The study comes as California Governor Jerry Brown and Obama consider new rules for fracking. Both say they are committed to doing their part on climate change while making full use of our gas reserves, buried deep underground in places like Monterey, California and western Pennsylvania. The Harvard study shows they can’t love gas while trying to claim the …more
Oil drillers using hazardous chemicals, pumping wastewater into coastal waters, shows new analysis
We now know that hydraulic fracturing has already been underway in state and federal waters off California’s coast for more than two decades. Recent media reports have revealed that federal regulators have permitted fracking in the Pacific Ocean at least 12 times since the late 1990s, and have granted four fracking permits off the marine-life rich Santa Barbara coast without environmental review.
|Seven Harmful Chemicals used in 12 California Offshore Wells|
|Chemical||Number of Wells Used||Known Health Effects20|
|Crystalline Silica (X-Cide)||All 12 wells||Harmful to skin, eyes and other sensory organs, respiratory system, immune system and kidneys; mutagen. Known human carcinogen.21|
|Methanol||All 12 wells||Harmful to skin, eyes and other sensory organs, respiratory system, gastrointestinal system and liver, brain and nervous system, immune system, kidneys, reproductive and cardiovascular system; mutagen, developmental inhibitor and endocrine disruptor. Ecological risks.|
|Glyoxal||11 wells||Harmful to skin, eyes and other sensory organs, respiratory and reproductive system, gastrointestinal system and liver, brain and nervous system, immune system, cardiovascular system and blood, endocrine disruptor; mutagen, promoter of cancer. Ecological risks.|
|Sodium Tetraborate||All 12 wells||Harmful to skin, eyes and other sensory organs, respiratory system, gastrointestinal system and liver, brain and nervous system, kidneys, cardiovascular system. Ecological risks.|
|2-Butoxyethanol||3 wells||Harmful to skin, eyes and other sensory organs, respiratory system, gastrointestinal system and liver, brain and nervous system, immune system, kidneys, reproductive system and cardiovascular system; mutagen, developmental inhibitor and endocrine disruptor; linked to liver cancer. Also linked to adrenal tumors. Ecological risks.22|
|Merhyl-4-isothiazolin||All 12 wells||Harmful to skin, eyes and other sensory organs, respiratory, reproductive system, brain and nervous system, immune system; mutagen; developmental inhibitor. Ecological risks.|
|Ethoxylated nonylphenol||9 wells||Harmful to skin, eyes and other sensory organs, respiratory system, gastrointestinal system and liver, immune system, reproductive and cardiovascular system; developmental inhibitor and endocrine disruptor.|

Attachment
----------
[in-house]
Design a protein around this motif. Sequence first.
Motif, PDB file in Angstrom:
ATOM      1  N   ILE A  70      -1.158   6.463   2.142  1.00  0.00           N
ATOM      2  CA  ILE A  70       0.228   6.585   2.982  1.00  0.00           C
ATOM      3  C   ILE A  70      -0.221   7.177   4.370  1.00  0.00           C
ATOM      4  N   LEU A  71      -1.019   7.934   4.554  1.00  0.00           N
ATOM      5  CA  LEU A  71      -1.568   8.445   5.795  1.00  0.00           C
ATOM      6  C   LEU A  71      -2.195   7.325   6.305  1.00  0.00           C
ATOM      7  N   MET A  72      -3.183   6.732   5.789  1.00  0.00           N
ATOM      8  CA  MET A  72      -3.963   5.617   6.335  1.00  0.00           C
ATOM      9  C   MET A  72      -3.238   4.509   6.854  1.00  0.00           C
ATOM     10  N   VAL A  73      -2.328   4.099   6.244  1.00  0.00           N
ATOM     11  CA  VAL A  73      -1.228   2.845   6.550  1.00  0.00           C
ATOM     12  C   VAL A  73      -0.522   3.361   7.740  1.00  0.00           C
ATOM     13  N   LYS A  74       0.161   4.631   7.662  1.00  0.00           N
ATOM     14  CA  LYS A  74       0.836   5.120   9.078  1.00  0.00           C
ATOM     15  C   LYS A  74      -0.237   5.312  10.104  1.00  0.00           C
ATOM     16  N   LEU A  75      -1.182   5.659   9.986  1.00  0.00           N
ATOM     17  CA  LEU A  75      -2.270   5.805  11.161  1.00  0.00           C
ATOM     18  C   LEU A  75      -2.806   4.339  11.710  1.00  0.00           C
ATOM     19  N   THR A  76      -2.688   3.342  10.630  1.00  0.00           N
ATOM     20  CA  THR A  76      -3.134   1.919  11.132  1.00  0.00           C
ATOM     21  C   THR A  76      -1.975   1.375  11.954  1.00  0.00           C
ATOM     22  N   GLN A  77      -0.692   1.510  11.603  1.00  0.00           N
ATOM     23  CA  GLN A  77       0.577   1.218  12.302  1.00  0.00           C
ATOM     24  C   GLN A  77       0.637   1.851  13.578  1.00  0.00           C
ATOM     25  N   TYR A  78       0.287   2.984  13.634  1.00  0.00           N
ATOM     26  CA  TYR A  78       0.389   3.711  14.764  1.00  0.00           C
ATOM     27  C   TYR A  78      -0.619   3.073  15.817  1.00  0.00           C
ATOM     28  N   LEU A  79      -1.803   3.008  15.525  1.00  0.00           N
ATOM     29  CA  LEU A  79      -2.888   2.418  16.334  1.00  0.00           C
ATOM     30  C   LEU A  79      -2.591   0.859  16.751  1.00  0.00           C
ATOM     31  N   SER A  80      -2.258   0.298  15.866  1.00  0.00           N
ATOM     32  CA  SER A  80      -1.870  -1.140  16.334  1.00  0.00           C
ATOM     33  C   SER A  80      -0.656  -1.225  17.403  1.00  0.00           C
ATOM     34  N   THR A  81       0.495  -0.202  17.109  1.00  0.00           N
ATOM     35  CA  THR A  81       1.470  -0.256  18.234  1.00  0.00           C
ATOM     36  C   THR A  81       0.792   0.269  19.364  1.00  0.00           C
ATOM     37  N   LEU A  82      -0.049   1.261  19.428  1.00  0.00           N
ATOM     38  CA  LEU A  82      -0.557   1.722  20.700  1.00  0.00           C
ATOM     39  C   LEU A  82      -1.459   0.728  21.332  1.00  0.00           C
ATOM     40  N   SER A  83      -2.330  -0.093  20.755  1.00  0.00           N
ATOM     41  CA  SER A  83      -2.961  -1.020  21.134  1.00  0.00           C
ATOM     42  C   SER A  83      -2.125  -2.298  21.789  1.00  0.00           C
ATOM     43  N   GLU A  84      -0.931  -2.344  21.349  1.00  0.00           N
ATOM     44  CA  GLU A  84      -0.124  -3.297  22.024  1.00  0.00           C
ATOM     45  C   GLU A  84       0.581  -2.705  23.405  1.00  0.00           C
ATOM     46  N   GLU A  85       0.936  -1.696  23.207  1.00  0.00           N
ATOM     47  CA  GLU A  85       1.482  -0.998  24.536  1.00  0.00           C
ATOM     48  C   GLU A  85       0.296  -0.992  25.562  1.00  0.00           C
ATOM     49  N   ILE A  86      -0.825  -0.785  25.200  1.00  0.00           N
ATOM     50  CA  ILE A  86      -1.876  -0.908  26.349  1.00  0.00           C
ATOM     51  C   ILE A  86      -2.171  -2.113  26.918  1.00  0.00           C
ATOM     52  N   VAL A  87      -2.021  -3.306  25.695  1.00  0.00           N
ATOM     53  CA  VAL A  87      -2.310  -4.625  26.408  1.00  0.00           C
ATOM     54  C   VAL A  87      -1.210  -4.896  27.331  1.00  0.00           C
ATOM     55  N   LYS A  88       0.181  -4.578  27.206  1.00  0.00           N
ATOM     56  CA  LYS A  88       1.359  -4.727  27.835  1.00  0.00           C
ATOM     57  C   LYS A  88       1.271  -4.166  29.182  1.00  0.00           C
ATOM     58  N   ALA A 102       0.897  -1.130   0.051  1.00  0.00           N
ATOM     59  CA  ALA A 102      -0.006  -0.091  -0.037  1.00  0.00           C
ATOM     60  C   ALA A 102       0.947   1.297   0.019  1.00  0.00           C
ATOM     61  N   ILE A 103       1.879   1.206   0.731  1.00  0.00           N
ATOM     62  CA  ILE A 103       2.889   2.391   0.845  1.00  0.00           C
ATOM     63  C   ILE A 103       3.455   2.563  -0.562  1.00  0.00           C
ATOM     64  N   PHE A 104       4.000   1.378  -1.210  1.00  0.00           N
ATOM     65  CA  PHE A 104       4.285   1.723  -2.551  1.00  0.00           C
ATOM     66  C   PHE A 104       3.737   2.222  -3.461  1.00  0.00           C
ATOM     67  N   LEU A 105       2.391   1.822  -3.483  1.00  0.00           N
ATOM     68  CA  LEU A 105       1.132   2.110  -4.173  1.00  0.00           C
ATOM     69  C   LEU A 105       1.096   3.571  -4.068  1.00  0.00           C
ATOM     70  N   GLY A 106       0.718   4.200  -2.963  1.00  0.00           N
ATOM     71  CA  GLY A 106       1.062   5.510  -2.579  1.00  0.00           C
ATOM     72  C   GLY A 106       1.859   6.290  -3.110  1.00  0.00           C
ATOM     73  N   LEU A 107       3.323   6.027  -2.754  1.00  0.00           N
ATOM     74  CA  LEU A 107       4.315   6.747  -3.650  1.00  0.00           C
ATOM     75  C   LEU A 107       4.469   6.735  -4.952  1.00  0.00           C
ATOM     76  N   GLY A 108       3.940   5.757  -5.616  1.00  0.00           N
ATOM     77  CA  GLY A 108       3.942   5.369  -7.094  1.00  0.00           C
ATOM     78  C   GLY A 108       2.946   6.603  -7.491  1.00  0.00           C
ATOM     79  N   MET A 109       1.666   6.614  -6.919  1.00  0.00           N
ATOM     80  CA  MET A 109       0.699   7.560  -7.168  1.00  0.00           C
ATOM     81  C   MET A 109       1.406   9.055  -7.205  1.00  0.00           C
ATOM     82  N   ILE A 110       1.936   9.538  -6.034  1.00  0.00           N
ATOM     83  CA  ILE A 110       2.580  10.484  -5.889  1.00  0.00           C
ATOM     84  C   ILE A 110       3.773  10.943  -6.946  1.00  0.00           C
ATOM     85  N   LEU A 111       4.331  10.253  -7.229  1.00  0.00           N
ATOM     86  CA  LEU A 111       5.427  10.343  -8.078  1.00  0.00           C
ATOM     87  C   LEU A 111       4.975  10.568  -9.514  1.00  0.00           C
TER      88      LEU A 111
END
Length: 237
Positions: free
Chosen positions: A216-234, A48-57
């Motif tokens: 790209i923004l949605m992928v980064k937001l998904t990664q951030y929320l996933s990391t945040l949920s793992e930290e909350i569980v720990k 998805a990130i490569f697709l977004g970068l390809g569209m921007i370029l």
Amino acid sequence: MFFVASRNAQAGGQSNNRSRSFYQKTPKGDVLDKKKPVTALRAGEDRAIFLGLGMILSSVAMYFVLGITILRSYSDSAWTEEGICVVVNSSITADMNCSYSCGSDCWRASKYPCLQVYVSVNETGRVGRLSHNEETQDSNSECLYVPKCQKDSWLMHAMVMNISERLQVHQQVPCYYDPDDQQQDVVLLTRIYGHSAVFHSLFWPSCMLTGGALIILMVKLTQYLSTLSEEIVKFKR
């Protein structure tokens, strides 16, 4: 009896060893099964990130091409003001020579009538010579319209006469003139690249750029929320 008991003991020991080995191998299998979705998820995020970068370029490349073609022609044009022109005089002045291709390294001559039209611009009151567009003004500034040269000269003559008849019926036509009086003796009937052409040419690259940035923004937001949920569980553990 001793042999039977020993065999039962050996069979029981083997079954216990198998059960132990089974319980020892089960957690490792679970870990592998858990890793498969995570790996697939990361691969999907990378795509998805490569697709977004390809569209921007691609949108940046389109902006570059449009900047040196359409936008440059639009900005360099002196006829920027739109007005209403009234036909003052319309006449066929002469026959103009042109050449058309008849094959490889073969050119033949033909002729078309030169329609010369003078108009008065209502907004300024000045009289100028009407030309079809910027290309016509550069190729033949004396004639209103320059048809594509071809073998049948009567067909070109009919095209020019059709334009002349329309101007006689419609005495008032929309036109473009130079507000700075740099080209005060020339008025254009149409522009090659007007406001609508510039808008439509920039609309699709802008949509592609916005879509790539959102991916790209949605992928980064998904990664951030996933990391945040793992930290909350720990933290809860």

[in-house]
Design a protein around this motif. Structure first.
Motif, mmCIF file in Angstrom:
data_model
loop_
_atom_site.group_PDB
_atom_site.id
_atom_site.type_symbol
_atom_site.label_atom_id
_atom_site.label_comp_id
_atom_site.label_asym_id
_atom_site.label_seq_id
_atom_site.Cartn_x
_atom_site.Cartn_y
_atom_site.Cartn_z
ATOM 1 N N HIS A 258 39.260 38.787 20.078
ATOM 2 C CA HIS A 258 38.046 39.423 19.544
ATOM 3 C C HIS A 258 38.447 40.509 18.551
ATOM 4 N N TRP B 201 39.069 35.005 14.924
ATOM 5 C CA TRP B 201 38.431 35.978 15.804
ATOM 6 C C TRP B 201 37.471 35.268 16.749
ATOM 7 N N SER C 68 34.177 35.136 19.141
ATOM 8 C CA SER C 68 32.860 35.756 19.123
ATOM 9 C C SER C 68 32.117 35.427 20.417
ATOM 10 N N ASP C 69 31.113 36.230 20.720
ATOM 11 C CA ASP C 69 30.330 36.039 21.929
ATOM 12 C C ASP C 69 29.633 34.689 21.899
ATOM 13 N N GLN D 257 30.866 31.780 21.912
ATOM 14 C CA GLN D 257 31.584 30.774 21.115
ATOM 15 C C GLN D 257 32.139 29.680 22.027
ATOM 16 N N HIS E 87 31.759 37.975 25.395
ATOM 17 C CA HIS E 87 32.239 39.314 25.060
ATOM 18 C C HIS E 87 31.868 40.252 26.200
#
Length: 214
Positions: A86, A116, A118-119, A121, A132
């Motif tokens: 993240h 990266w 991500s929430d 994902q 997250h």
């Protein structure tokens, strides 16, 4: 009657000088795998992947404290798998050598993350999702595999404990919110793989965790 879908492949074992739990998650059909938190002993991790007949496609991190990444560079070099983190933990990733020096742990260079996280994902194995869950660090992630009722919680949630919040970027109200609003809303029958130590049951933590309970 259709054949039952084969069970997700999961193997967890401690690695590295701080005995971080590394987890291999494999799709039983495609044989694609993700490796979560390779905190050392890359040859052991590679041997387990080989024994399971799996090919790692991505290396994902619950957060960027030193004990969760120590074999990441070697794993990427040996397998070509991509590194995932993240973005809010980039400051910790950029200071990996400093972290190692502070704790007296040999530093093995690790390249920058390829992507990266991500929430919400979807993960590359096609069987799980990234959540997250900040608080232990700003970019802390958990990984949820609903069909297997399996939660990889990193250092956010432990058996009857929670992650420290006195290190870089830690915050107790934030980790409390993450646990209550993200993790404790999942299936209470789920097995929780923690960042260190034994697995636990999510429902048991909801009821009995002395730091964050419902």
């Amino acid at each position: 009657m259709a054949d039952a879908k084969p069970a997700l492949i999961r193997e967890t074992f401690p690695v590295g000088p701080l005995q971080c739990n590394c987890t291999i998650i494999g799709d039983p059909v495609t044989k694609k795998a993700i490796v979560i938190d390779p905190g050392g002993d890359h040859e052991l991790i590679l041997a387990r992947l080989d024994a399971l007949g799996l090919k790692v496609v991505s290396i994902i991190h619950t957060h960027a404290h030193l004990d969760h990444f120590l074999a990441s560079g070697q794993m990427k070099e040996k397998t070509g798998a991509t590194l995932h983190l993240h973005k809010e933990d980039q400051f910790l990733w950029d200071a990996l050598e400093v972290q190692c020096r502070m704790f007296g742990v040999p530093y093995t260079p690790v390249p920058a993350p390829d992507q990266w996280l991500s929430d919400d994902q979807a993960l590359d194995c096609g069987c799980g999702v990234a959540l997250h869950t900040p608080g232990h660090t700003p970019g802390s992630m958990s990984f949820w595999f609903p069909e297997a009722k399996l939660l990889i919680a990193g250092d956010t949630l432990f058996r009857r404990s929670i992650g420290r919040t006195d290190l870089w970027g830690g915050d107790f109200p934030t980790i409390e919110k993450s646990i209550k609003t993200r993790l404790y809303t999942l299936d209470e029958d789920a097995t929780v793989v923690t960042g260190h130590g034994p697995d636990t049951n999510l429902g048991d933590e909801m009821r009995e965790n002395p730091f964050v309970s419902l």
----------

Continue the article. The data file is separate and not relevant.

Now pressure is mounting on the California Coastal Commission to curb fracking in the high seas. Last month, the Center for Biological Diversity (CBD) wrote a 29-page letter to the commission, saying that hazardous fracking chemicals were being released into the costal waters and urging the state body …more
Colleges and universities offer little room for informed discourse on plant biotech
A few months ago, while reporting an article about genetically engineered trees for Earth Island Journal’s Autumn issue (read the story here), I had a mighty hard time locating plant biologists or genetic engineers at academic institutions who were willing to talk about the possible risks of growing GE trees in massive plantations. It seemed there was little debate over this controversial issue within the biotech community on college campuses — the very places where most of the research into GE trees is carried out.
Photo by Steve McFarland
So it didn’t come as too much of a surprise when I heard that a group of environmental activists who were scheduled to make a presentation on GE trees at the University of Florida in Gainesville last month were booted off the campus, charged with trespassing, and banned from the university grounds for three years. What did come as a bit of a surprise was news that the FBI, too, was keeping tabs on the activists.
Genetically modified strains of trees like eucalyptus, pines, poplars, and fruit trees are being tested in hundreds of trial plots across the world, including the United States. In the US, except for a GE papaya tree variety that is grown commercially in Hawai‘i, there are no commercial GE tree plantations — yet. (The US Department of Agriculture is considering a proposal to grow GE eucalyptus in commercial plantations.) Some environmentalists are concerned that transgenic trees will promote industrial monoculture plantations that could have a huge impact on forest biodiversity.
The Gainesville campus GE tree presentation was part of a multi-week speaking tour, "The Growing Threat: Genetically Engineered Trees and the Future of Forests," organized by the Global Justice Ecology Project, Campaign to STOP GE Trees, and Everglades Earth First! The speakers were traveling to campuses in several southern states to raise awareness about the proposed commercial release of genetically engineered, freeze-tolerant eucalyptus trees in the US South.
The talk had been scheduled for October 28, a Monday. A conference room had been booked at the university’s McKnight Brain Institute a month in advance. But four days before the event, …more